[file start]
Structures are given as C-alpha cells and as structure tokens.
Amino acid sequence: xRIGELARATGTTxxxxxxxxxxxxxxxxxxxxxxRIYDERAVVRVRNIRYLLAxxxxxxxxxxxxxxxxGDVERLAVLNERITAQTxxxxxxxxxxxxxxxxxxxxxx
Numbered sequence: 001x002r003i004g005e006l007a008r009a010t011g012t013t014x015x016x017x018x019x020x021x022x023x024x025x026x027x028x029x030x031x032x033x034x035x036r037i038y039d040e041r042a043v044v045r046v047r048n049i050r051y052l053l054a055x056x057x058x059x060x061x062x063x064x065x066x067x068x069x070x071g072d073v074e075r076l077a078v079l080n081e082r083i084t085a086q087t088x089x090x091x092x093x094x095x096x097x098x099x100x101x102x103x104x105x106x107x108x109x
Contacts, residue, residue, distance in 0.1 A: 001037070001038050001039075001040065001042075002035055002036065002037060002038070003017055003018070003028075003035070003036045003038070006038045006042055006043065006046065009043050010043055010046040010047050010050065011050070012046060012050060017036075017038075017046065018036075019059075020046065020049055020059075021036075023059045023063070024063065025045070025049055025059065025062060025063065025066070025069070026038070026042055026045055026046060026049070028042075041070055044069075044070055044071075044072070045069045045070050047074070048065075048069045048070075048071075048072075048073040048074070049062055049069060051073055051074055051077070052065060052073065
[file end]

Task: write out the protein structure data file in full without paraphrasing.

Structures are given as C-alpha cells and as structure tokens.
Amino acid sequence: xRIGELARATGTTxxxxxxxxxxxxxxxxxxxxxxRIYDERAVVRVRNIRYLLAxxxxxxxxxxxxxxxxGDVERLAVLNERITAQTxxxxxxxxxxxxxxxxxxxxxx
Numbered sequence: 001x002r003i004g005e006l007a008r009a010t011g012t013t014x015x016x017x018x019x020x021x022x023x024x025x026x027x028x029x030x031x032x033x034x035x036r037i038y039d040e041r042a043v044v045r046v047r048n049i050r051y052l053l054a055x056x057x058x059x060x061x062x063x064x065x066x067x068x069x070x071g072d073v074e075r076l077a078v079l080n081e082r083i084t085a086q087t088x089x090x091x092x093x094x095x096x097x098x099x100x101x102x103x104x105x106x107x108x109x
Contacts, residue, residue, distance in 0.1 A: 001037070001038050001039075001040065001042075002035055002036065002037060002038070003017055003018070003028075003035070003036045003038070006038045006042055006043065006046065009043050010043055010046040010047050010050065011050070012046060012050060017036075017038075017046065018036075019059075020046065020049055020059075021036075023059045023063070024063065025045070025049055025059065025062060025063065025066070025069070026038070026042055026045055026046060026049070028042075041070055044069075044070055044071075044072070045069045045070050047074070048065075048069045048070075048071075048072075048073040048074070049062055049069060051073055051074055051077070052065060052073065